The massive meltdown was caused by the collapse of TerraUSD, one of the world's biggest stablecoins. TerraUSD traded for as low as 23 cents amid panic selling and triggered a meltdown that sent cryptocurrency values plummeting. (Related: "Stablecoins" Terra and Luna crater, exposing some cryptos as highly unstable Ponzi scams.)
Bitcoin, the biggest cryptocurrency, dropped to its lowest level since 2020 ($27,000 per Bitcoin) last May 12. It has since recovered to above the $30,000 range. Nevertheless, market volatility is one reason why people may never be able to depend on cryptocurrencies and blockchain, which is the system that runs it.
Blockchains come with basic problems. Specifically, they require stunning loads of energy to maintain and they can be hacked in spite of popular belief.
Some experts think these issues make it improbable that blockchains will ever become crucial alternatives to banks.
Cryptocurrencies are the internet's edition of money and they are special pieces of digital code that can be moved from one person to another. All cryptocurrencies utilize what is called blockchain technology, which is an account book that records transactions in code.
A blockchain permits all records of transactions to be recorded and checked, making it hard to change, hack or cheat the system. However, hackers can access blockchains in particular situations, resulting in irrecoverable monetary loss. A blockchain is merely a database that is distributed across a network of computers that was called "a glorified spreadsheet" by a New York professor.
When a blockchain transaction between two persons occurs, it is registered as a "block" of data, including information about the sender, the receiver and the number of coins. Computers in the network, which are called "nodes," review the details of the trade to make sure it is right and verify transactions.
Contrary to what many people think, blockchains are not unhackable. Blockchain networks depend on "miners" or software users who solve transaction-related algorithms to review and validate transactions.
If these miners have bad intentions, then they can attack the blockchain network. Blockchain attacks have a wide range of brilliant names, such as Goldfinger attack, Sybil attack and 51 percent attack.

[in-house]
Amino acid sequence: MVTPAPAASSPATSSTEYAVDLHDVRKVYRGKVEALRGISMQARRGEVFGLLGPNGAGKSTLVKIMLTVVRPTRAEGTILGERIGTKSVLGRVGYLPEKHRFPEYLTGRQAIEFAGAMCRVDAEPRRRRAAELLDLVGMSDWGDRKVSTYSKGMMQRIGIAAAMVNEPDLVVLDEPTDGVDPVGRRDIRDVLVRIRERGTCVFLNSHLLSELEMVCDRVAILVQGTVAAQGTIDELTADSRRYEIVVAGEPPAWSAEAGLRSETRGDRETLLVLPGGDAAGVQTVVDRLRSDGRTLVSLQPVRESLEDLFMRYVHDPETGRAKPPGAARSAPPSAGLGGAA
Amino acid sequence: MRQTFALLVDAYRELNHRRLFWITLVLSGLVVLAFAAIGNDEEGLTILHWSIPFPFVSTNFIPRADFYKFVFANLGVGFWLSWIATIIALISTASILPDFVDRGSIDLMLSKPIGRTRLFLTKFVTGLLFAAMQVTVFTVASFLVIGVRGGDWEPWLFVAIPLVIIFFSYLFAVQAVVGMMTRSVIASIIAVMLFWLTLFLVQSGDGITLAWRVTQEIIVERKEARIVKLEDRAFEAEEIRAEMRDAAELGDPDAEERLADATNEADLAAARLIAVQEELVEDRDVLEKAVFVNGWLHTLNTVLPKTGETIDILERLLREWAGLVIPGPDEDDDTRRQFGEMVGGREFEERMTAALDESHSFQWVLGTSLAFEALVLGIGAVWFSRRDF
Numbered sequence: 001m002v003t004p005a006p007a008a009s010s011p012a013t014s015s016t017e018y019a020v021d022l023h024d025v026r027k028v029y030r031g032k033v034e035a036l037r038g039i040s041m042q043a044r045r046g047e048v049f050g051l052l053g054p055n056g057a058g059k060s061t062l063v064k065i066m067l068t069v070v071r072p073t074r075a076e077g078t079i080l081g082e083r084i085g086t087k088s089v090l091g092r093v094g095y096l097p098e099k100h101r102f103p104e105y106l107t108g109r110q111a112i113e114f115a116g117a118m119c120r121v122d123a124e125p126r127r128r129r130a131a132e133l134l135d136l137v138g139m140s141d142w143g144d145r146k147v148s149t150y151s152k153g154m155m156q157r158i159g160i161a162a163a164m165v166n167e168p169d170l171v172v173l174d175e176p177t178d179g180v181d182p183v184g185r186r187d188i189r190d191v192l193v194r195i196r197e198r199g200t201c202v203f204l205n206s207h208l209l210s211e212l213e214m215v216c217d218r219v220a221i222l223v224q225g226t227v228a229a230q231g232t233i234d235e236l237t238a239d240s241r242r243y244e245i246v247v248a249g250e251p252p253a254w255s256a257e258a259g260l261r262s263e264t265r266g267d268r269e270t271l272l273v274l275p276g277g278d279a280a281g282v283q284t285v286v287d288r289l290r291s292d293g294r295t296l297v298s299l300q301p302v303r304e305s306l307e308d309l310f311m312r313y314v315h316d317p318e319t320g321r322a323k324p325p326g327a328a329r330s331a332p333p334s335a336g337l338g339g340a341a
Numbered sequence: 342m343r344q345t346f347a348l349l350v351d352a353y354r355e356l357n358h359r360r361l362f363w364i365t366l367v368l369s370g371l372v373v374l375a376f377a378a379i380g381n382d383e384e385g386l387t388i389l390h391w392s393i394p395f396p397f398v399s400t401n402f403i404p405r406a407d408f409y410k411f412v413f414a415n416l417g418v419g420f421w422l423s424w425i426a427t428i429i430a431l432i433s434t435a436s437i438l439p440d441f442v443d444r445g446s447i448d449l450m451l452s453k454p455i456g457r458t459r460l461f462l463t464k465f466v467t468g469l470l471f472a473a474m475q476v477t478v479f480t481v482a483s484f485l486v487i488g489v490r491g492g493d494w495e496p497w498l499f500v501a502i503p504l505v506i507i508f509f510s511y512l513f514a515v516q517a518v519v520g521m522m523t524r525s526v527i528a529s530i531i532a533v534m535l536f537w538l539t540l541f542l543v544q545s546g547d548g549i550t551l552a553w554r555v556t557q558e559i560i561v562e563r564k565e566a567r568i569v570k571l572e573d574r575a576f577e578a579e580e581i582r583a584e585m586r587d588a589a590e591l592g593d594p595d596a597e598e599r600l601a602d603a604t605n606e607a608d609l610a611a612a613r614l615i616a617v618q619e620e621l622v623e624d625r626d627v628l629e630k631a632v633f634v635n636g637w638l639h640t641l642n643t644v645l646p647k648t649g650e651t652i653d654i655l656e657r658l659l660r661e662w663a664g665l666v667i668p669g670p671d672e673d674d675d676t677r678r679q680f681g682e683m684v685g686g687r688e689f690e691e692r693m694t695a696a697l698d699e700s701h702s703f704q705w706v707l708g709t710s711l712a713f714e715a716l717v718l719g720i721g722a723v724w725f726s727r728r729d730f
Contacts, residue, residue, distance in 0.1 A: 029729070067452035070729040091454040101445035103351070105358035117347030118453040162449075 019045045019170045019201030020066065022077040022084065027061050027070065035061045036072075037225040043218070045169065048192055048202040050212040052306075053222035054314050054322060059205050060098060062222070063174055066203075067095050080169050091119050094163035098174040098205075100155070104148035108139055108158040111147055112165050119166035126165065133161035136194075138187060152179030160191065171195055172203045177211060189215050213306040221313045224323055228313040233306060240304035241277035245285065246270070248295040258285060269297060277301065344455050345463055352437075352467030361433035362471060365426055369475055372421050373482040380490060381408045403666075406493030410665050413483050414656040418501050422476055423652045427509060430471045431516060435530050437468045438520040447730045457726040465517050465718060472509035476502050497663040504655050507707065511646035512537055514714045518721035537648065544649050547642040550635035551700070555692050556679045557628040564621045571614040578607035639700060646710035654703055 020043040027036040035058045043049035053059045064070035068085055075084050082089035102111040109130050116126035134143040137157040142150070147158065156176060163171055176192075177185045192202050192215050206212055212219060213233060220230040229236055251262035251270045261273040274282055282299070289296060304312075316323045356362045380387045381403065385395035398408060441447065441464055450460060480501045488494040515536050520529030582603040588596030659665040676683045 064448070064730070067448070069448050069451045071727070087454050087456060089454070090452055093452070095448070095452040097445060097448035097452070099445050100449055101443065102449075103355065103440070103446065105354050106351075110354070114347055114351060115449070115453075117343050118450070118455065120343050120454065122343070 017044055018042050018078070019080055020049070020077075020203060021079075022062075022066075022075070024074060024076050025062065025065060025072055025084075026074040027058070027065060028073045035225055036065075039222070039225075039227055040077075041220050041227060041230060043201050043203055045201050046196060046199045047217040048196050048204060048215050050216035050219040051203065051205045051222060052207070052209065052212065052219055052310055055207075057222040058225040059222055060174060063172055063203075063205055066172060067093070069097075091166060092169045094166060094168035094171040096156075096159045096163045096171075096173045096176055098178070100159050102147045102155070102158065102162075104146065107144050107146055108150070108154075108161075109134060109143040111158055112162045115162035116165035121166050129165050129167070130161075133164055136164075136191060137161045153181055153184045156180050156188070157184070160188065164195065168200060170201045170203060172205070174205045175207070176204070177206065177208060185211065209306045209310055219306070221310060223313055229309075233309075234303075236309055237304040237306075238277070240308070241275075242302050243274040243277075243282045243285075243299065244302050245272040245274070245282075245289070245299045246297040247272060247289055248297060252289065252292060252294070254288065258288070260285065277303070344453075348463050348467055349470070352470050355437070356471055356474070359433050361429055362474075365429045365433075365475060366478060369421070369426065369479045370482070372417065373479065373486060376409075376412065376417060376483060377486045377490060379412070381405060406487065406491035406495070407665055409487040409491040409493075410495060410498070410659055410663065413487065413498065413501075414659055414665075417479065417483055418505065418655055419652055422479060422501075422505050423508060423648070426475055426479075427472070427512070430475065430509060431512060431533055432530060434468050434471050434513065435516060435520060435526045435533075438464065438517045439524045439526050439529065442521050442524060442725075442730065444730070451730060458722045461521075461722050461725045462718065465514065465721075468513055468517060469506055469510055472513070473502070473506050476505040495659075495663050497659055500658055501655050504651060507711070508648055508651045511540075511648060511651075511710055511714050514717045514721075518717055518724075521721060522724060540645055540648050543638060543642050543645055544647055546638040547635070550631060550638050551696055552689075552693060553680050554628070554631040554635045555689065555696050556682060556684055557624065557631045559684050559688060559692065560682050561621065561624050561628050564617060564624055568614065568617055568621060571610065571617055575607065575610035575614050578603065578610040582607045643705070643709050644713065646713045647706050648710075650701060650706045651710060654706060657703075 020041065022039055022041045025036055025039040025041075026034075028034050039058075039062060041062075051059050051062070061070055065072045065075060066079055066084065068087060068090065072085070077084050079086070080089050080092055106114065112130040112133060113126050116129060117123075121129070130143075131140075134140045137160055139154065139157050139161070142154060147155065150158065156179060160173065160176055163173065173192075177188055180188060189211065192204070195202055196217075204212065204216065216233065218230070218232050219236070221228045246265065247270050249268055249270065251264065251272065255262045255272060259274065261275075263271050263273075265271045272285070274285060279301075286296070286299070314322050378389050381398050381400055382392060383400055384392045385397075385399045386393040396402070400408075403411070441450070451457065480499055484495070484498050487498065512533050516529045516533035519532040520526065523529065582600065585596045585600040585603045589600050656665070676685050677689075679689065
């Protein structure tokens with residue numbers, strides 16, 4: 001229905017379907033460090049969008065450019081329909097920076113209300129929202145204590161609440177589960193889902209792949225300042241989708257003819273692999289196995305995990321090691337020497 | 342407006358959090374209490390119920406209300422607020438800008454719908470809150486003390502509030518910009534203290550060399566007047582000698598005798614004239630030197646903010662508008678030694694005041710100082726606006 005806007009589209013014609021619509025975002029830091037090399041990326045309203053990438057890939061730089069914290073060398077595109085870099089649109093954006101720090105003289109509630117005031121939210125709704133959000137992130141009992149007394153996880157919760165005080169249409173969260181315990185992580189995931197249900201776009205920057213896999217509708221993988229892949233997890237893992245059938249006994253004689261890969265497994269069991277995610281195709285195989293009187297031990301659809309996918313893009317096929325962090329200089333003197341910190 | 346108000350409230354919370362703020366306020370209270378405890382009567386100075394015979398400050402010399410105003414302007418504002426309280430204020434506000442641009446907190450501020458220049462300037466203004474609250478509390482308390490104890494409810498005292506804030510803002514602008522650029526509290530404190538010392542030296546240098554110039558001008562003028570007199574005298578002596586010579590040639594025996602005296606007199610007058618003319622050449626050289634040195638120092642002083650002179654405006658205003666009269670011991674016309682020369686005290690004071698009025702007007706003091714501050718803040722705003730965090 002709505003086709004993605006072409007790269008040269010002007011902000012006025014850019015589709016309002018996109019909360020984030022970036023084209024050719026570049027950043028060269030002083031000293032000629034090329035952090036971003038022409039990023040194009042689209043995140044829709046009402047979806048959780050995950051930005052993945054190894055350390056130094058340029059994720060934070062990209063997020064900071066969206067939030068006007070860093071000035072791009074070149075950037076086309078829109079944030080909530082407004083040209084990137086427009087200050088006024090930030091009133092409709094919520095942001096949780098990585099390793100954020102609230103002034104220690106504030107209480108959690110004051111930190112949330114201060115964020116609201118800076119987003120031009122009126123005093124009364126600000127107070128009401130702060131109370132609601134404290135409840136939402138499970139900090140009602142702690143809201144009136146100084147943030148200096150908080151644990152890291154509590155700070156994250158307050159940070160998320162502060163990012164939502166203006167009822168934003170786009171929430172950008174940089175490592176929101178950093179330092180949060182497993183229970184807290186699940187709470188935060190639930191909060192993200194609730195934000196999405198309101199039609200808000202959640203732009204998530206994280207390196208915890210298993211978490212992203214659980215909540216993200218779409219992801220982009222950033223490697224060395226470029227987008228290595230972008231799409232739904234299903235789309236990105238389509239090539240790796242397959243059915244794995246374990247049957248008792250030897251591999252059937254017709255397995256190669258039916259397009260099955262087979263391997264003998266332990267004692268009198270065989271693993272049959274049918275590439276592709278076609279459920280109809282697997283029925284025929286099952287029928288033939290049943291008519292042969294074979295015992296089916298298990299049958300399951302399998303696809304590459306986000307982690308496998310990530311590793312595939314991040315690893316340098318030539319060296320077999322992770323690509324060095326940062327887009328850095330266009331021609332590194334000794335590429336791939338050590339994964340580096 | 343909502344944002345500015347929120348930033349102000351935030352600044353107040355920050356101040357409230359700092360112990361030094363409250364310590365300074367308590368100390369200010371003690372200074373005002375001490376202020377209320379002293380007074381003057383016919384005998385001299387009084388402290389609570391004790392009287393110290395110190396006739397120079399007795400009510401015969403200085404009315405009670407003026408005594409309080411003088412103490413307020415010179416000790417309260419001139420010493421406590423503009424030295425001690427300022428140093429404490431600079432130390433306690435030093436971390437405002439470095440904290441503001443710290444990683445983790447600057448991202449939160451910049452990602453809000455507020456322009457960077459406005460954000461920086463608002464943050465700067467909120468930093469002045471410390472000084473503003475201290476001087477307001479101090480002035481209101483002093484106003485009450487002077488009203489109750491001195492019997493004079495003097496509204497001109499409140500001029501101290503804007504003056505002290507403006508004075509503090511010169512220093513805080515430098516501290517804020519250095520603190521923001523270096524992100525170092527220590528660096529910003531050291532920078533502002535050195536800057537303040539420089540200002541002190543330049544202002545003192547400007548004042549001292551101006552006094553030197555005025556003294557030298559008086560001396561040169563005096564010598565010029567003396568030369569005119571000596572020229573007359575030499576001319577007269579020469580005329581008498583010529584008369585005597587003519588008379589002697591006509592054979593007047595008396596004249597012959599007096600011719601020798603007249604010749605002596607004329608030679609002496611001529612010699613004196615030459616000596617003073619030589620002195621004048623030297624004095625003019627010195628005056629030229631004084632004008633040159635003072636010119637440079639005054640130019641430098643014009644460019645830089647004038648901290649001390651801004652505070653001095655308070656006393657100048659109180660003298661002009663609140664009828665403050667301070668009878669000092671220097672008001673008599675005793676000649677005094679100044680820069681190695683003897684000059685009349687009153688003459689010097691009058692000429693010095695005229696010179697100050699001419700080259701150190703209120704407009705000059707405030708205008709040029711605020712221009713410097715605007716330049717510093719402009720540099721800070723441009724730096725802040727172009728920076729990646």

"A 51 percent attack is an attack on a blockchain network where one group of miners own more than 50 percent of the network's computing power. This would be costly because the attackers would be able to now reject unwanted transactions or double-spend coins – the risk that a cryptocurrency is used twice or more," Marcus Sotiriou, an analyst at GlobalBlock, told MailOnline.
A 51 percent attack happened in 2019, when hackers took control of the Ethereum Classic blockchain. Access was employed to rewrite the chain's transaction history contributing to about $1.1 million worth of the currency being taken from other users.
Before this incident, hackers were mostly targeting centralized exchanges or CEXs, which are organizations that organize cryptocurrency trading on a huge scale. Presently, about 99 percent of all cryptocurrency transactions happen on CEXs, examples of which are Coinbase, Bitmart and Binance.
Based on data gathered by NBC News, there were more than 20 crypto exchange hacks last year where a hacker took no less than $10 million in digital currency and at least six cases where hackers stole over $100 million.
"If a cryptocurrency on a CEX is hacked the blockchain itself is not compromised; only the tokens that are on that exchange. Nevertheless, CEX hacks are worth noting as a significant security threat to cryptocurrencies," Sotiriou said.
Meanwhile, most cryptocurrencies traded larger last Sunday, May 15, providing a breath of fresh air for crypto investors. Although it wasn't a complete recovery, markets moved toward gains. Still, there's no denying that the cryptocurrency market is volatile as it went as high as $3 trillion and fell to as low as $1.2 trillion in the last six months.
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